The real solution is to replace the present regime with one that respects the Bill of Rights and will enforce it by any means necessary, even by writing entirely new laws and repealing bad ones.

    I wish us all the best at obtaining that.

  4. Mr. Volokh’s column was good but it does leave open the method of enforcement, which does seem to be primarily private lawsuits. I think there’s an intersection with the Darryl Cooper thread (expanded here at Glenn Greenwald’s SubStack Outside Voices) where he notes that “And then came the Hunter Biden laptop scandal. Liberals dismiss the incident because, after four years of obsessing over the activities of the Trump children, they insist they’re not interested in the behavior of the candidate’s family members. But this misses the point entirely. Big Tech ran a coordinated censorship campaign against a major American newspaper while the rest of the media spread base propaganda to protect a political candidate.”

    Spending months or years, and significant sums of money, to eventually get reinstated long after the moment when having your voice heard might have made some difference isn’t a real remedy. Maybe a change in the interpretation of Section 230 would signal a sufficient shift in culture but I’m probably even more pessimistic than Xennady that the solution is actually going to be found in law.

  5. At Instapundit today: bill in the Wisconsin State Senate would require social media companies to publish their algorithms for blocking vs free publishing:

    …presume this would need to include the prioritization logic for what shows up in the feed and when. It is basically the concept of a feed controlled by the SM company, rather than by individual readers, that distinguishes a SM platform from a simple microblogging platform.

  6. presume this would need to include the prioritization logic for what shows up in the feed and when.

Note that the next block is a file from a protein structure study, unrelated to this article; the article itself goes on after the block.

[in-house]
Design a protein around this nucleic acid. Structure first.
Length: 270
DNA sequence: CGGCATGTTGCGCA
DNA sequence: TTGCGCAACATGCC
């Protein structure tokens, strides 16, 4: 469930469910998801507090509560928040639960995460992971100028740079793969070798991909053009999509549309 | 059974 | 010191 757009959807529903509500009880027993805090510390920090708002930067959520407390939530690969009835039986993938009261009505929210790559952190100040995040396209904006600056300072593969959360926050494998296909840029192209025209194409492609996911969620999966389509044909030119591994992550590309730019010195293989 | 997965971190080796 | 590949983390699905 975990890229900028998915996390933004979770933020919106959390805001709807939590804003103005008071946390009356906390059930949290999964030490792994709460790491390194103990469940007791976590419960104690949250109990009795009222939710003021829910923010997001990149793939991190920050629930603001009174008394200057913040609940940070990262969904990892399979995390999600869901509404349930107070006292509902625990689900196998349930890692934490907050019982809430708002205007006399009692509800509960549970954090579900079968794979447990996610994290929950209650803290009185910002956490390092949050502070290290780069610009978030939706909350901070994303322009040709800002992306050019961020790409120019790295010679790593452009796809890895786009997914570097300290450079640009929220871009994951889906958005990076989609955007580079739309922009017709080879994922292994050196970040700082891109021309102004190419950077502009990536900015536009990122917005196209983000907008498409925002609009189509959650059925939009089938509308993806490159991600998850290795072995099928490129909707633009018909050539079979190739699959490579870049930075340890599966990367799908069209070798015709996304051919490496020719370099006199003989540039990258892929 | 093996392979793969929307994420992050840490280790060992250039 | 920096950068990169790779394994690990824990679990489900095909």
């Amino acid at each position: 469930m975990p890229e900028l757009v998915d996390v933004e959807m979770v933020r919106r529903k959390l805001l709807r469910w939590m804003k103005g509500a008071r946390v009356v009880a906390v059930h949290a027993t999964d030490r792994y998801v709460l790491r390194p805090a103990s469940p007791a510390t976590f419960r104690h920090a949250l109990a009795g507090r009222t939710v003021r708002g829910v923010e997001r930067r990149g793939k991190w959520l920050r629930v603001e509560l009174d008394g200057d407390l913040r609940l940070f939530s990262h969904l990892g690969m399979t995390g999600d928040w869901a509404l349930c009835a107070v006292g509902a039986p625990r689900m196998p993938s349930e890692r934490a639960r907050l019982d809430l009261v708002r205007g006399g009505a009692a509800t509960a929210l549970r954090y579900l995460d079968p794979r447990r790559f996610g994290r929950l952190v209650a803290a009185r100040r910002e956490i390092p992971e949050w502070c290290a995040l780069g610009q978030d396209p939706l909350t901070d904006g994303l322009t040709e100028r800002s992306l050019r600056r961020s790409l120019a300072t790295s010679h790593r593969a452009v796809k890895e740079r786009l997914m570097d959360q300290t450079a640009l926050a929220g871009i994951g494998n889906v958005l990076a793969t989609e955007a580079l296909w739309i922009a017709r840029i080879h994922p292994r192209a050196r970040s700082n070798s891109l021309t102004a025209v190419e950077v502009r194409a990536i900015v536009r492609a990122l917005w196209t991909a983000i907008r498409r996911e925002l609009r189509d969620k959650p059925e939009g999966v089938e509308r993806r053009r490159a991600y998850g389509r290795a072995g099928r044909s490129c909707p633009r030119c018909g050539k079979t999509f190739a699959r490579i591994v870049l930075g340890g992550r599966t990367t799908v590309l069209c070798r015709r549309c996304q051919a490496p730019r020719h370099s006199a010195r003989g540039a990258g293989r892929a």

Deciding what is readable when is the essence of ‘publishing’ content to me, and should have nullified at least FaceBook’s claims to be covered by Section 230. (I don’t do Twitter so I have no direct experience with how Tweets are presented in the UI.) That it occurs largely (so they claim) by algorithm rather than by direct human intervention shouldn’t make any difference.

  7. David: Regarding nonlewd nudity (sec. 506)

    There seem to be a lot of sites featuring what might be called nonNude Lewd-ity.

    Jiggle Gifs of healthy girls in skimpy bikinis, for example. A whole bunch of “slash” fan-fic for another: Kirk / Spock; Kirk /Harry Potter; Kirk/Xena Warrior Princess… Of late there are all the adult men in costumes seemingly intended to outrage parents, confuse children, and titillate the already-strange, but IN costumes that nevertheless cover all the body regions ordinarily covered.

    As much as I’m inclined to favor segregating such offerings AND the full frontal sites all to a top-level domain of “xxx” or similar, I’m reluctant to authorize my government to take that step. Is there a work-around?

  8. I remember reading that when FB was first launched, there was no such thing as an automatic feed, and you had to explicitly go to the pages for the people you wanted to see. Does anyone go back far enough to remember how that worked?

  9. I have more.

    It seems to me that the 2020 election is roughly the equivalent of the Dredd Scott decision for the present regime.

    That is, the clumsy and open electoral fraud has set it on a similar road to political oblivion which will end it, hopefully in not a similarly bloody manner.

    The recent prominence of Section 230 is fine. But the impetus for reform also strikes me as yet another good idea that is inexorably morphing into yet another opportunity for the Gee Ohhh Peeee to put on yet another production of their patented failure theater. They’ll campaign on reform, fundraise off it, pat themselves on the back should they do well in 2022- then accomplish nothing and blame the people who supported them for not sending enough money and not voting hard enough.